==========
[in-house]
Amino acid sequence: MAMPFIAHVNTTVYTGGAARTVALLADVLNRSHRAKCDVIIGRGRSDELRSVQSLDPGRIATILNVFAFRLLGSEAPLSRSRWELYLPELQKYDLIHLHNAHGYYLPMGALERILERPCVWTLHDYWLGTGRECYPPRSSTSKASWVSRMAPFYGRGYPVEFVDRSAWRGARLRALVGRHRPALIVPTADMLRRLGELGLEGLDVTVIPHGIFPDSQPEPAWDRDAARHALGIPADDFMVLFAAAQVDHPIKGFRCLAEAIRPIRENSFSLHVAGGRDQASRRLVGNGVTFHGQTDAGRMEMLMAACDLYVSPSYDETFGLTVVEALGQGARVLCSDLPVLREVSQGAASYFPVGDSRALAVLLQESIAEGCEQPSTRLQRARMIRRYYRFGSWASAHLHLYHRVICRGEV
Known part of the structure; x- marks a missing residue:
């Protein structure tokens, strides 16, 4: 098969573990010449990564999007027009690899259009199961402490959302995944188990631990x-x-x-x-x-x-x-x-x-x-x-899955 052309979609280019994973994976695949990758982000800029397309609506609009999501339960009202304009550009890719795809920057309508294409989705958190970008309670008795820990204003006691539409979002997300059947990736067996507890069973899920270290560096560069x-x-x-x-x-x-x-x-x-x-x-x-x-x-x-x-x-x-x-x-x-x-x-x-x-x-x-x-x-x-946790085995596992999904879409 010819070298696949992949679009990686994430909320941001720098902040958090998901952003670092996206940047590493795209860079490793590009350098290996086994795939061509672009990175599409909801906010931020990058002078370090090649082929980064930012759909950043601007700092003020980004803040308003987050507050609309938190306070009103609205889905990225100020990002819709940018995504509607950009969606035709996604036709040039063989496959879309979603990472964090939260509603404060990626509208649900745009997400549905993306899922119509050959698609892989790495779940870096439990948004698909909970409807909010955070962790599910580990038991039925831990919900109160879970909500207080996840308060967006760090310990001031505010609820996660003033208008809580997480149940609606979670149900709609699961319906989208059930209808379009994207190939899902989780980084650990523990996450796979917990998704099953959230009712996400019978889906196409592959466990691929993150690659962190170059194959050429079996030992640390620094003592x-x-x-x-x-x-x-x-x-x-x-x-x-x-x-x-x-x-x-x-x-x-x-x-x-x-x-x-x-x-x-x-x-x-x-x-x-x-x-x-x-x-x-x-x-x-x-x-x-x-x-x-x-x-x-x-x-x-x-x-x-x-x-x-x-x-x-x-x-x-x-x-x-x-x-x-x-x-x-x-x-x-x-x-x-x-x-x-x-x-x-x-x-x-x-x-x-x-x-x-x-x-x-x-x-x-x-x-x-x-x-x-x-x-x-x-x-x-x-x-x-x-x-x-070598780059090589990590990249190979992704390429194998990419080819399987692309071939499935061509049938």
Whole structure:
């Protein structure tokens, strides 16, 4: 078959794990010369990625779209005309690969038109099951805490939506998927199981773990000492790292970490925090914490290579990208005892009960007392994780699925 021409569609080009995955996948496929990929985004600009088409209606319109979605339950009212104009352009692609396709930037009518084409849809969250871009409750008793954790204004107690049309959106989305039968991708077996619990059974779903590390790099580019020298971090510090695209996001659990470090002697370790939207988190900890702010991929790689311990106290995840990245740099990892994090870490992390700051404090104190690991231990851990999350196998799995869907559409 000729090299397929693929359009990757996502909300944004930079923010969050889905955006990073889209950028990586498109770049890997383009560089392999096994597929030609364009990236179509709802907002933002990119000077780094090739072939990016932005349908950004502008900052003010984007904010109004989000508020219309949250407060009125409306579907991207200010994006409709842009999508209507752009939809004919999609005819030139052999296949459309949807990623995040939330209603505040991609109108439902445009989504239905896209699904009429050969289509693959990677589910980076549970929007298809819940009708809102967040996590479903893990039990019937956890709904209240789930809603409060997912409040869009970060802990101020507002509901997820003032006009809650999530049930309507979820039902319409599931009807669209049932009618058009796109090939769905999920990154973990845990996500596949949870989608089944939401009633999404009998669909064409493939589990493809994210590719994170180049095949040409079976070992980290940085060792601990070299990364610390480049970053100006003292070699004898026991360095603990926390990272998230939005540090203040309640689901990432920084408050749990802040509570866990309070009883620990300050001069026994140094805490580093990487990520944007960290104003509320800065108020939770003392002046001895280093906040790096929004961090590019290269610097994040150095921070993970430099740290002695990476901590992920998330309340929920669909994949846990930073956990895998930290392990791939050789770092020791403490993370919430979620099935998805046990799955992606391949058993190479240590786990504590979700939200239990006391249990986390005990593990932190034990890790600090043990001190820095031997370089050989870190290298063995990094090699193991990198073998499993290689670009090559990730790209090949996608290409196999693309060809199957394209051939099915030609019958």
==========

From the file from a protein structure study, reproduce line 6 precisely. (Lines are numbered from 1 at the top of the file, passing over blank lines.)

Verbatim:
């Protein structure tokens, strides 16, 4: 078959794990010369990625779209005309690969038109099951805490939506998927199981773990000492790292970490925090914490290579990208005892009960007392994780699925 021409569609080009995955996948496929990929985004600009088409209606319109979605339950009212104009352009692609396709930037009518084409849809969250871009409750008793954790204004107690049309959106989305039968991708077996619990059974779903590390790099580019020298971090510090695209996001659990470090002697370790939207988190900890702010991929790689311990106290995840990245740099990892994090870490992390700051404090104190690991231990851990999350196998799995869907559409 000729090299397929693929359009990757996502909300944004930079923010969050889905955006990073889209950028990586498109770049890997383009560089392999096994597929030609364009990236179509709802907002933002990119000077780094090739072939990016932005349908950004502008900052003010984007904010109004989000508020219309949250407060009125409306579907991207200010994006409709842009999508209507752009939809004919999609005819030139052999296949459309949807990623995040939330209603505040991609109108439902445009989504239905896209699904009429050969289509693959990677589910980076549970929007298809819940009708809102967040996590479903893990039990019937956890709904209240789930809603409060997912409040869009970060802990101020507002509901997820003032006009809650999530049930309507979820039902319409599931009807669209049932009618058009796109090939769905999920990154973990845990996500596949949870989608089944939401009633999404009998669909064409493939589990493809994210590719994170180049095949040409079976070992980290940085060792601990070299990364610390480049970053100006003292070699004898026991360095603990926390990272998230939005540090203040309640689901990432920084408050749990802040509570866990309070009883620990300050001069026994140094805490580093990487990520944007960290104003509320800065108020939770003392002046001895280093906040790096929004961090590019290269610097994040150095921070993970430099740290002695990476901590992920998330309340929920669909994949846990930073956990895998930290392990791939050789770092020791403490993370919430979620099935998805046990799955992606391949058993190479240590786990504590979700939200239990006391249990986390005990593990932190034990890790600090043990001190820095031997370089050989870190290298063995990094090699193991990198073998499993290689670009090559990730790209090949996608290409196999693309060809199957394209051939099915030609019958």